Dutch term – Fiets

Brush salesman on bike

As the Tour de France starts in the Netherlands this week, this is a good time to learn the meaning of a quintessentially Dutch word: fiets (bicycle). Introduction of bikes Fietsen were introduced in the Netherlands in the last part of the 19th century. They were quickly adopted and became the most popular mode of transportation. Fietsen were not … [Read more...]

Ask Yvette – Resources for Jewish genealogy in the Netherlands

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Several people have asked me how to find their Jewish ancestors in the Netherlands. I have researched several Jewish families, but don't read Hebrew so I cannot access all records. Here are some resources that have been useful in my research. Please share your own tips in the comments. Regular records Since the introduction of the civil … [Read more...]

Quick tip – The name may suggest the place of origin

Onnink farm in Winterswijk

Different regions have different traditions, not only when it comes to naming children but also when it came to choosing surnames. Someone named Bauke Ferwerda is bound to be Frisian, as the suffix -a can mostly be found in the northern provinces and Bauke is a Frisian first name. Janna Geertruida Meerdink is undoubtely from the eastern part … [Read more...]

Dutch term – Gevangenis

Dome prison in Breda

A gevangenis is a prison. The modern prison system was introduced in 1811. Many people went to jail, often for petty crimes. Prison records can tell you if any of your ancestors ever went to jail. Read more about prison records. … [Read more...]

11 Myths About Dutch Genealogy

11 myths about Dutch Genealogy

Here are some misconceptions I've encountered that people have about researching their ancestors. Some of them are probably true for other parts of the world too! 1: People did not have last names before 1811 This myth has some truth, as he civil registration of births, marriages and deaths was introduced in 1811 and required everybody to … [Read more...]

Quick tip – Find graves on photos of churches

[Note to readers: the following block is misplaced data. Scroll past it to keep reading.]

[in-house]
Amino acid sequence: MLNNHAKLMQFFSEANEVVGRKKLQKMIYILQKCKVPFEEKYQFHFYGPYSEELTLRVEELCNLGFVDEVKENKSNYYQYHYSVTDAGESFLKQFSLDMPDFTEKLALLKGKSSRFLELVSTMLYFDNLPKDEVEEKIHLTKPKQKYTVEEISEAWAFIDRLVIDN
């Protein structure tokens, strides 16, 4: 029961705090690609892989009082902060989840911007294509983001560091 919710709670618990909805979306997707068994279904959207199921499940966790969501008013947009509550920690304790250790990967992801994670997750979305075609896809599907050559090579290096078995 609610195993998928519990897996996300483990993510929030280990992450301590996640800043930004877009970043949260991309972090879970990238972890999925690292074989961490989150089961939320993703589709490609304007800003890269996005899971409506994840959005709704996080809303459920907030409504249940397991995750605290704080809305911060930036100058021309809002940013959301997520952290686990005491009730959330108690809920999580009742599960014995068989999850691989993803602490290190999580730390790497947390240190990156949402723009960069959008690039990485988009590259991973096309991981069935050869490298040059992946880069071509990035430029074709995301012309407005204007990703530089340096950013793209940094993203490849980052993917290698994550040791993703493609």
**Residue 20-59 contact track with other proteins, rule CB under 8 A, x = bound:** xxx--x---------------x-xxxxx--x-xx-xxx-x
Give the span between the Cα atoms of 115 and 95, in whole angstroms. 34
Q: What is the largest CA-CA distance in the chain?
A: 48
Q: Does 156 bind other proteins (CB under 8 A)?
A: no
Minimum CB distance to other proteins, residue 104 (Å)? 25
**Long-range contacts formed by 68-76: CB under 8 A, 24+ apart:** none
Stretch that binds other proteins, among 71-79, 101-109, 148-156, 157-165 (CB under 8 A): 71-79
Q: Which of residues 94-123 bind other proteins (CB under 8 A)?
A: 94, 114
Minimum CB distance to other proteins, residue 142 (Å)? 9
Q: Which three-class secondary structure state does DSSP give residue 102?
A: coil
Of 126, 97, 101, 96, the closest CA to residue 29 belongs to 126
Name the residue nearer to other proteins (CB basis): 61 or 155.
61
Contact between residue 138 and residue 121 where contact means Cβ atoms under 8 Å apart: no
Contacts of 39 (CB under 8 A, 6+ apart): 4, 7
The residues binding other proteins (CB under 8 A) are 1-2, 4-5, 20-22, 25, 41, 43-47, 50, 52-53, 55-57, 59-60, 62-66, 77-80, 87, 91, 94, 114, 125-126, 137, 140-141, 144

cemetery of the Dutch Reformed Church in Castricum

The website of the Rijksdienst voor Cultureel Erfgoed [Cultural Heritage Service] has many photos of churches, often going back to the early to mid 20th century. Some of these photos feature cemeteries. The quality of the photos and scans is often high enough to read the text on the markers. Earlier this year, I found a 1950s photo of a church … [Read more...]

Dutch term – Wasvrouw

Laundress, by Gesina ter Borch, about 1652.

A wasvrouw was a laundress. It was an occupation for poor women, who were usually single or widowed. … [Read more...]

Ask Yvette – How to capitalize Dutch names with prefixes

Friendship book of Pieter van Harinxma thoe Slooten.
Credits: Koninklijke Bibliotheek, Wikimedia Commons (CC-BY-SA)

Many Dutch names have prefixes like Ter, Van or Van der. People have asked me if and how they should be capitalized. Here's what the current rules are for Dutch (they're different in Belgium and other parts of the world). A prefix that is preceded by another part of the name is not capitalized. Parts of the name are first names, initials, other … [Read more...]

Quick tip – How to find Dutch genealogy records online

Digital Resources Netherlands and Belgium (screenshot)

The website Digital Resources Netherlands and Belgium offers links to websites that publish archival records, whether in the form of scans, indexes or transcripts. The links are organized per province. Click the link 'Internet' under the name to see what sources are available online. They also offer links to passenger lists and image collections, … [Read more...]

Dutch term – Meerderjarig

couple appearing in court

Meerderjarig means 'of age,' having reached the age of majority. What the age of majority was, depends on the time and place. Youngsters could also be declared to be of age by the court, usually with consent of the parents or guardians. Age of majority in the Netherlands Period Age of majority Before 1811 Depends on the region, … [Read more...]